With hunting season just around the corner, it’s time to get your tags, check your gear, and load up your Polaris Ranger with all the hunting essentials. Whether you’re bow hunting antelope, rifle hunting elk, or even using a blowgun to hunt small game, when you’re out in the field, having a reliable machine underneath you sure comes in handy -- especially for hauling out those big male ungulates. So if you’re looking for the perfect hunting UTV, continue reading. And for those that already have a Ranger that you use to hunt with, you already know!
Getting The Right Hunting Rig
If you’re using your Polaris Ranger for hunting, be aware that the Ranger 900 is a much, much quieter machine than the 570. That being said, in terms of power and ability, the 570 or even the 500 will go the same places that all the big boys go. So if you’re looking for a hunting vehicle, engine size won’t be a limiting factor.
There’s a reason Polaris stopped making the 570 full-size. It’s because it was a cheaper rig that did everything the 900 could do and it was hurting sales on the 900. Now the 570 has the strut front end which kind of sucks if you plan on lifting it or running big tires. However, the 570 will go most anywhere a Ranger 1000 will go. If you crave acceleration and enjoy it, it is sorely missing in comparison to a 900, or 1000. It isn't the speed that is missing or what it will climb. What is missing is its ability to pin you against the back of your seat and paint a smile on your face. If you can not relate to what I just described then odds are good that you will be happy with a 570 -- especially if your primary use for the machine is hunting. A friend of the site has a 2018 Polaris Ranger 570, and boy howdy it has plenty of power if you ask me. It is an outright overachiever, able to pull a 150 gallon sprayer or even a large deer stand.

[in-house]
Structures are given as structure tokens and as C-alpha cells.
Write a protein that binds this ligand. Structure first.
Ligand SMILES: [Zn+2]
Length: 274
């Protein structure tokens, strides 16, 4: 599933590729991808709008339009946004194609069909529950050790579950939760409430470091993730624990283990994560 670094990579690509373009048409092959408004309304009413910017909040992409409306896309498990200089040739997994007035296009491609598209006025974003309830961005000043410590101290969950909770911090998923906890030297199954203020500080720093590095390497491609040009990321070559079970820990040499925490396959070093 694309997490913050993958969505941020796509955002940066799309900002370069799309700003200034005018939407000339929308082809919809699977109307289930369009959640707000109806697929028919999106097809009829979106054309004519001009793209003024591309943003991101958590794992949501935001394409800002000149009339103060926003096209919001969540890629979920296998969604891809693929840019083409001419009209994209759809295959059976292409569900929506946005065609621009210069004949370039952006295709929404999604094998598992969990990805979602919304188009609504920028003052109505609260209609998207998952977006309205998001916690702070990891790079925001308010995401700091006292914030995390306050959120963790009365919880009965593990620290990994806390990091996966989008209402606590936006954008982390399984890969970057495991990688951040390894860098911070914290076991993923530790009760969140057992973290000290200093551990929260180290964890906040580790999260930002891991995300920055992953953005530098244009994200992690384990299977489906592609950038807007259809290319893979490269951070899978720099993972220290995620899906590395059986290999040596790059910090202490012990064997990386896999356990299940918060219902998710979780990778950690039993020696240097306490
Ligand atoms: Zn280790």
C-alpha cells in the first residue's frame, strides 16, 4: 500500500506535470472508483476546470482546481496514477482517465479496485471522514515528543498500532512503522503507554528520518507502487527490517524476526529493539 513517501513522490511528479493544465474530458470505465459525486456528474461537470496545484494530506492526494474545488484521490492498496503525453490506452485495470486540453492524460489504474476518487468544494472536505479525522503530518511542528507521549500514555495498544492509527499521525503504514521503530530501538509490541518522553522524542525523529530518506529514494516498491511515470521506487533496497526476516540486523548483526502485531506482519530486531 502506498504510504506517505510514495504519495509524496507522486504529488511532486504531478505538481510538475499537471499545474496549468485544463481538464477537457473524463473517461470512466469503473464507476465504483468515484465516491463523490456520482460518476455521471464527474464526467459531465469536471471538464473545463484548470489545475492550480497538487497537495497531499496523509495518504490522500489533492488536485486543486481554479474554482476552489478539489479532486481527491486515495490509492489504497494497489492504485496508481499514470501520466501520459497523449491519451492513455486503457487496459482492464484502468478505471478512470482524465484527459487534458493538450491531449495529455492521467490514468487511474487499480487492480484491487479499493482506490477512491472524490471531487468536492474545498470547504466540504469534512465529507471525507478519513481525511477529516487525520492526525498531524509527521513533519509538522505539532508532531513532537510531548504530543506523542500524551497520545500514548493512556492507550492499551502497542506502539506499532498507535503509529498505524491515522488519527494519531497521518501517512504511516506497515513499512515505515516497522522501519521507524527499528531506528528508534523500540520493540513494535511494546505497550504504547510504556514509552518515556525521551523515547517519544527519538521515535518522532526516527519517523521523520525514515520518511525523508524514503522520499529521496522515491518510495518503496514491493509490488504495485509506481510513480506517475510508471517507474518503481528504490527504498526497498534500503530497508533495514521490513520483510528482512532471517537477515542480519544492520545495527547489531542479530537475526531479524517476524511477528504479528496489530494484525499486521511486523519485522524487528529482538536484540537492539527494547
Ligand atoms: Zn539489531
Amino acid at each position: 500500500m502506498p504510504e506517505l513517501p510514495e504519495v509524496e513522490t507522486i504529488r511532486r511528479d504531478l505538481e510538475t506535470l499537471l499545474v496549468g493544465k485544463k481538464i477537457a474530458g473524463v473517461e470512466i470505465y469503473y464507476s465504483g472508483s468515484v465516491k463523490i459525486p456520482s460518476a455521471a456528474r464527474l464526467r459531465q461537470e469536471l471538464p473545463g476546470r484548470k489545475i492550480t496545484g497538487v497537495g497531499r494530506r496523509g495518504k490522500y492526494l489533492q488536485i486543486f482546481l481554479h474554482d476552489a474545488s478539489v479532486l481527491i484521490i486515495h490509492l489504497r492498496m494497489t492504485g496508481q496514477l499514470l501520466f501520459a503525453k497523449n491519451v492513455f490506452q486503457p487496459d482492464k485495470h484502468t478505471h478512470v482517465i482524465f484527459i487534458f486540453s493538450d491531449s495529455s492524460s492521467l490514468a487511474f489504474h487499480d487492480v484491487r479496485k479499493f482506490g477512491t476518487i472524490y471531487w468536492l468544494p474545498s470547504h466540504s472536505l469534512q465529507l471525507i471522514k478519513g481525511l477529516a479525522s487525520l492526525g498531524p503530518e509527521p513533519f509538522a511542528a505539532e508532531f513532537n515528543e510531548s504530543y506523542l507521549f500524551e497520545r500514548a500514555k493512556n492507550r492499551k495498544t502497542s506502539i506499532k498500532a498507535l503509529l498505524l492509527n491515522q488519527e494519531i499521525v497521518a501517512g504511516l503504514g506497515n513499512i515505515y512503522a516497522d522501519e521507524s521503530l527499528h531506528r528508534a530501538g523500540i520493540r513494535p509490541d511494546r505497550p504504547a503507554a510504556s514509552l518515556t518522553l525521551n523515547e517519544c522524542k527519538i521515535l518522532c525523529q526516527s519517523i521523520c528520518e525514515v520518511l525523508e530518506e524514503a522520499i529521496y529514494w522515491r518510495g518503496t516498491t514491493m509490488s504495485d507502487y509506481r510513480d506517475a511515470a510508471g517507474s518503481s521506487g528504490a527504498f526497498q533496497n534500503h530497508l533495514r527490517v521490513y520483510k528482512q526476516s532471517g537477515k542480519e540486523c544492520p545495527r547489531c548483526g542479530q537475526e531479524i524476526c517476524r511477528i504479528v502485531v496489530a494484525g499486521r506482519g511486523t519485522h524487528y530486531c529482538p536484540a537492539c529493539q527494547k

Using Your Ranger To Haul Deer Stands
All you hunters up in the mountains and highlands know what it’s like to stalk a deer or elk for two-three days through the woods. But for the hunters in the south -- where there are boat loads of deer in the fields and thin woodlands -- using a deer stand is almost a requisite.
Sure it may be more gratifying to nab an elk in the rockies, and it’s definitely a lot harder than sitting in a deer blind sipping a cold one waiting on a deer to come out. But who's to judge. After all, nobody gets a UTV to make their life harder. And its the same with hunting. If you can use a deer stand to make life easier, why not?
You can buy pre-constructed deer stands, but many hunters like to make their own. You don’t need anything fancy, just an angle iron frame with plywood will work. And if you’re tired of having to move it with your tractor or by hand, you can throw some tires underneath and haul it with your Ranger -- just make sure to get a proper UTV towing hitch.
Hunting In The Cold With A Ranger
Of course, hunting in the cold is almost unavoidable in many places, as hunting season is in the fall. While this is great to preserve your meat, it can get a bit chilly. And depending on how far north you are, potentially life-threatening -- frostbite and hypothermia are no joke. A lot of Polaris Ranger hunters install a Duraclutch traction control to help the rear when trying to push out in the snow. You can run the AWD with the rear still in turf mode or switch it into rear lock as needed on those slippery snow-packed trails.
Many Ranger owners who live in the north also do a little ice fishing or even seal hunting. And if there was ever a group of ranger owners who needs a cab kit, heater, and tracks, these are them. If you’re caribou hunting in Eureka Alaska, trying to fulfill your Moose tag along the Denali Highway, or going after squirrels with your dogs in the Lewis and Clark National Forest, you’ll be having a blast and staying warm in your Polari Ranger.